Thursday, December 20, 2012

Why It Doesn't Matter if Matt Ridley is Wrong

A good point, which I'll use in relation to Matt Ridley's WSJ piece, which Media Matters calls a "dud":
"Another reason that arguing the politics through science is a poor approach to dealing with complex political issues is that such an approach has a disproportionately negative downside for scientific institutions and the process of science. Advocates for inaction on climate change who base their arguments on science (however flawed these arguments may be), being in the minority, can play David to the majority's Goliath. If David is caught exaggerating or simply making a mistake, the damage to science is small because not much is expected of an underdog, especially one repeatedly characterized as being out of the mainstream. But when those who present themselves as representing the science itself are caught, the damage can be dramatic. After all, if the "outsider" lies or makes a mistake, who cares? He can be (and typically is) dismissed as just a kook.... But if advocates who claim to represent the mainstream scientific establishment tell lies or make mistakes, they become an argument in favor of inaction. There is thus an asymmetry in the consequences of politicizing science that falls in the favor of those opposed to action."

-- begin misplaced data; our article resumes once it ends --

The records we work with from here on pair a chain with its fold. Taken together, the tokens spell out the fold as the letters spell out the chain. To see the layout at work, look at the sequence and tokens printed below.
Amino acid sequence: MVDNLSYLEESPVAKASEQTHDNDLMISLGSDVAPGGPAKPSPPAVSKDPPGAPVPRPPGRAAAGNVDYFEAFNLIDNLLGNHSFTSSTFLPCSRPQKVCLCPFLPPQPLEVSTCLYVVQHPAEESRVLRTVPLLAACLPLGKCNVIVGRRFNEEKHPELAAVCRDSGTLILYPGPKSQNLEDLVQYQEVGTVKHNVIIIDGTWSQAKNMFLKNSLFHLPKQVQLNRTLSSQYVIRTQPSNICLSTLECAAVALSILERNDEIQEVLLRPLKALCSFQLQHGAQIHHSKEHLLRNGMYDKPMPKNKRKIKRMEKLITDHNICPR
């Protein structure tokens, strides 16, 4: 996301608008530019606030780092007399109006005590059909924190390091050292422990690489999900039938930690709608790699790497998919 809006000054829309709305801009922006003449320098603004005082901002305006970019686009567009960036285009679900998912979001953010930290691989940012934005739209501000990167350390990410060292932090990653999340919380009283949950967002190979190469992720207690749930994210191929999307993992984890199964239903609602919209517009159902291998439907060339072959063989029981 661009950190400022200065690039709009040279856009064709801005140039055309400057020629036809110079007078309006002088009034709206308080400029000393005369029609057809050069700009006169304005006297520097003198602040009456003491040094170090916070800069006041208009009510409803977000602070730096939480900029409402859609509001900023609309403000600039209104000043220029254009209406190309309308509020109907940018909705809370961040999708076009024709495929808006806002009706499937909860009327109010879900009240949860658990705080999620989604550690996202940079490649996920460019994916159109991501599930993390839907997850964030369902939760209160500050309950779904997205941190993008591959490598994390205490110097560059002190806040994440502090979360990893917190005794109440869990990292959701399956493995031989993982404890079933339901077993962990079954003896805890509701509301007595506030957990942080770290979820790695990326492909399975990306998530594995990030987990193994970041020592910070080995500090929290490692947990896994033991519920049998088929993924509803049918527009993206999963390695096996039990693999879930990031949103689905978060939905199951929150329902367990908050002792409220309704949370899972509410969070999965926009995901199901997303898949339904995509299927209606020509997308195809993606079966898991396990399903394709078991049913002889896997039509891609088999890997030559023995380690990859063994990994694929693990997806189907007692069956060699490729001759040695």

-- Roger Pielke Jr., The Climate Fix, Chapter 8


Victor Venema said...

Matt Ridley in the WSJ of December 19, 2012 repeated a lie from WUWT by writing:

A recent paper from Colorado State University concluded that "we can neither prove nor disprove a robust trend in the global water vapor data."

This recent paper could not say anything about a trend in vapor because they did not study the trend. I had already debunked the WUWT guest post on the 15th of December.

Thus we can conclude that Matt Ridley does not check his facts well or is not interested in the truth. Both options would be rather sad for the WSJ.

snorbert zangox said...

Junior has it backwards. Goliath never had a snowballs chance in hell. David was young, quick and lithe, there was no way Goliath was ever going to get close enough to smite David. Furthermore, most shepherd boys could kill a lion at a distance of 50 paces with their slings.

Alexander Ac said...

If? :-)